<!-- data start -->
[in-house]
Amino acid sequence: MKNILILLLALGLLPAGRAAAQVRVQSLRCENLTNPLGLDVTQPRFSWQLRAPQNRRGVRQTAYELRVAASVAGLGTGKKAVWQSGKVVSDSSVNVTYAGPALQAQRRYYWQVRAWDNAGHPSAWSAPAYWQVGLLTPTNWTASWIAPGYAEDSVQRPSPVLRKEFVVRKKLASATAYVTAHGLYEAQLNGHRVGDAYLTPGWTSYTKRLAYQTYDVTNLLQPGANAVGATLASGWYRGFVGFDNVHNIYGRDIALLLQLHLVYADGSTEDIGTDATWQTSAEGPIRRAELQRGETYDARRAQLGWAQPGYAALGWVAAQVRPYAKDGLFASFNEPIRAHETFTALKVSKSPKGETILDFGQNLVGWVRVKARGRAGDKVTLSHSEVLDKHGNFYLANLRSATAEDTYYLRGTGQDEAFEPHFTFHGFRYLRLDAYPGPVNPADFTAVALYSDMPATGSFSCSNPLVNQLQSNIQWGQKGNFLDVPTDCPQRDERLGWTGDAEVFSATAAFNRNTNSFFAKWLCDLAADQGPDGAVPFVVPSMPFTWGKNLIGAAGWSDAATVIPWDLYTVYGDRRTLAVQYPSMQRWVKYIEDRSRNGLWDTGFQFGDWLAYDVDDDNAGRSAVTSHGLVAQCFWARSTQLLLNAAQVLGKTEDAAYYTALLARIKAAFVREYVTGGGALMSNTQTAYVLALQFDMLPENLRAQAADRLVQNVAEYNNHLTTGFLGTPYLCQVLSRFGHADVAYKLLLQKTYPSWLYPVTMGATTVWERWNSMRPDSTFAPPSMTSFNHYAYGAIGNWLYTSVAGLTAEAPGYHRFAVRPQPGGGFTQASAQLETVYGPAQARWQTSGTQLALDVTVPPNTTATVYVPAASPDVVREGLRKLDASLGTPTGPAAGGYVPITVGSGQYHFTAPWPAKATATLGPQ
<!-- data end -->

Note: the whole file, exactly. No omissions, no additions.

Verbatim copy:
[in-house]
Amino acid sequence: MKNILILLLALGLLPAGRAAAQVRVQSLRCENLTNPLGLDVTQPRFSWQLRAPQNRRGVRQTAYELRVAASVAGLGTGKKAVWQSGKVVSDSSVNVTYAGPALQAQRRYYWQVRAWDNAGHPSAWSAPAYWQVGLLTPTNWTASWIAPGYAEDSVQRPSPVLRKEFVVRKKLASATAYVTAHGLYEAQLNGHRVGDAYLTPGWTSYTKRLAYQTYDVTNLLQPGANAVGATLASGWYRGFVGFDNVHNIYGRDIALLLQLHLVYADGSTEDIGTDATWQTSAEGPIRRAELQRGETYDARRAQLGWAQPGYAALGWVAAQVRPYAKDGLFASFNEPIRAHETFTALKVSKSPKGETILDFGQNLVGWVRVKARGRAGDKVTLSHSEVLDKHGNFYLANLRSATAEDTYYLRGTGQDEAFEPHFTFHGFRYLRLDAYPGPVNPADFTAVALYSDMPATGSFSCSNPLVNQLQSNIQWGQKGNFLDVPTDCPQRDERLGWTGDAEVFSATAAFNRNTNSFFAKWLCDLAADQGPDGAVPFVVPSMPFTWGKNLIGAAGWSDAATVIPWDLYTVYGDRRTLAVQYPSMQRWVKYIEDRSRNGLWDTGFQFGDWLAYDVDDDNAGRSAVTSHGLVAQCFWARSTQLLLNAAQVLGKTEDAAYYTALLARIKAAFVREYVTGGGALMSNTQTAYVLALQFDMLPENLRAQAADRLVQNVAEYNNHLTTGFLGTPYLCQVLSRFGHADVAYKLLLQKTYPSWLYPVTMGATTVWERWNSMRPDSTFAPPSMTSFNHYAYGAIGNWLYTSVAGLTAEAPGYHRFAVRPQPGGGFTQASAQLETVYGPAQARWQTSGTQLALDVTVPPNTTATVYVPAASPDVVREGLRKLDASLGTPTGPAAGGYVPITVGSGQYHFTAPWPAKATATLGPQ